With the subway, public bus, biking, walking, single-occupant vehicles, taxis, Uber/Lyft, tour buses, and delivery trucks all having access to Harvard Square, it’s safe to say it’s a busy destination. The diversity of transportation modes can lead to conflicts between modes and safety issues. Additionally, the existing street network includes a number of one-way, multi-lane roads that serve both local and regional traffic. Recent bicycle infrastructure pilot projects on specific streets have raised the larger question of how the network through the square functions for people coming in and out in different ways.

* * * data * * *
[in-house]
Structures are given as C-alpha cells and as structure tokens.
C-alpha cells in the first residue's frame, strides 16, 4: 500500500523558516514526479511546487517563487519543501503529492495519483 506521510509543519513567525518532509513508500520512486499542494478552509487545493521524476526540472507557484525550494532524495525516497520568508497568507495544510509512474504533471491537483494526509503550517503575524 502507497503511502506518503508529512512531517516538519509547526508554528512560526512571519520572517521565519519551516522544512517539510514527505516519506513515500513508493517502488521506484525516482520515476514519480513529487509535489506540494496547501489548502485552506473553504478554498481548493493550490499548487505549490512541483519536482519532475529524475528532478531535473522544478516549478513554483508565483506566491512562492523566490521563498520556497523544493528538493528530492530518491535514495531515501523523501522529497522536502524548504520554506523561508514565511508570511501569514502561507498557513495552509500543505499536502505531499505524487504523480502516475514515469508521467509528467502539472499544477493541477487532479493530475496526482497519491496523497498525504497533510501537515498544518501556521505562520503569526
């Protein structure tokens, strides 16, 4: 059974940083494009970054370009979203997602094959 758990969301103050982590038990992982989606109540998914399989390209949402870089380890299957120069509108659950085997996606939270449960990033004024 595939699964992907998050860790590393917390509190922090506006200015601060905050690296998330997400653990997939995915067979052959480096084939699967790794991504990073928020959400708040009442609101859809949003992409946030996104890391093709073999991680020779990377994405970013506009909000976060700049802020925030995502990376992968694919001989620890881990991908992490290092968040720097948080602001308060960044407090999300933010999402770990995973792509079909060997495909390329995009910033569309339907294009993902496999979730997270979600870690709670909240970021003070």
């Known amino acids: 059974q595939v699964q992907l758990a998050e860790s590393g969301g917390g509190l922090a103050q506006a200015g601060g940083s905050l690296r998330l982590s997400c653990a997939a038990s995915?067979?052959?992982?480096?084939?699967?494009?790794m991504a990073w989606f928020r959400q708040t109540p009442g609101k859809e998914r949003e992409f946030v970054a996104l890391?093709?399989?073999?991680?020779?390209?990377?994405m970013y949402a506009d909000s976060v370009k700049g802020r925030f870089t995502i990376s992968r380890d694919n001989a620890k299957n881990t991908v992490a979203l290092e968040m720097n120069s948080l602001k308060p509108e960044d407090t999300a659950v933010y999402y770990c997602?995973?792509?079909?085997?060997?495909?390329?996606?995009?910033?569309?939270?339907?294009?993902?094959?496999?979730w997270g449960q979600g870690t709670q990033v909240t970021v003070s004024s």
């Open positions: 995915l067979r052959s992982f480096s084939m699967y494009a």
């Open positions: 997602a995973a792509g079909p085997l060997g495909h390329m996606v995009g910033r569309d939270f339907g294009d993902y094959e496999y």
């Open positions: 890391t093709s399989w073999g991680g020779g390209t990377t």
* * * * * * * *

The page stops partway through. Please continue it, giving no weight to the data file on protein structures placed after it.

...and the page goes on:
Kittelson worked with the Harvard Square Business Association to examine the multimodal network and propose a vision for reorganizing traffic circulation and calming traffic speeds. The project team also met with local bicycle advocates and the City of Cambridge to better understand the bicycling, loading zone, and Uber/Lyft pick-up/drop-off needs.
Re-Imagining Movement Through Harvard Square
A “re-imagined” Harvard Square draws inspiration from local, national, and international examples to create a destination zone with slow streets, activated streetscapes, and lively public spaces. The study recommends traffic circulation be re-organized to open up one-way streets to two-way travel, allowing more options for circulation throughout the square.